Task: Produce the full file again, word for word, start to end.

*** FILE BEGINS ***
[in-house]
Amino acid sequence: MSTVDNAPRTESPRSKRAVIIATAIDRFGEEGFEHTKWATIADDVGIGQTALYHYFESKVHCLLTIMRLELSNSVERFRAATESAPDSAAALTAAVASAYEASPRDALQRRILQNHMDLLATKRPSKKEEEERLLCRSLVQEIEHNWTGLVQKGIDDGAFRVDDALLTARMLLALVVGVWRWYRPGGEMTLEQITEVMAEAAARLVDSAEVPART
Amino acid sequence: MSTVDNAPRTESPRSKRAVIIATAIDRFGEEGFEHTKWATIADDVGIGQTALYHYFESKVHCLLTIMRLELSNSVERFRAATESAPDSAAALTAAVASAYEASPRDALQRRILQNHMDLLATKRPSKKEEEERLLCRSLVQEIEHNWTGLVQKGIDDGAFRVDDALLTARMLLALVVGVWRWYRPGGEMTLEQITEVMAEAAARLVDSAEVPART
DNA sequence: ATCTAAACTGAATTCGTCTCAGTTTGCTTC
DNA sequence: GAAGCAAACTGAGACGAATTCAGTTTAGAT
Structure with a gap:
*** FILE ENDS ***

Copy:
[in-house]
Amino acid sequence: MSTVDNAPRTESPRSKRAVIIATAIDRFGEEGFEHTKWATIADDVGIGQTALYHYFESKVHCLLTIMRLELSNSVERFRAATESAPDSAAALTAAVASAYEASPRDALQRRILQNHMDLLATKRPSKKEEEERLLCRSLVQEIEHNWTGLVQKGIDDGAFRVDDALLTARMLLALVVGVWRWYRPGGEMTLEQITEVMAEAAARLVDSAEVPART
Amino acid sequence: MSTVDNAPRTESPRSKRAVIIATAIDRFGEEGFEHTKWATIADDVGIGQTALYHYFESKVHCLLTIMRLELSNSVERFRAATESAPDSAAALTAAVASAYEASPRDALQRRILQNHMDLLATKRPSKKEEEERLLCRSLVQEIEHNWTGLVQKGIDDGAFRVDDALLTARMLLALVVGVWRWYRPGGEMTLEQITEVMAEAAARLVDSAEVPART
DNA sequence: ATCTAAACTGAATTCGTCTCAGTTTGCTTC
DNA sequence: GAAGCAAACTGAGACGAATTCAGTTTAGAT
Structure with a gap: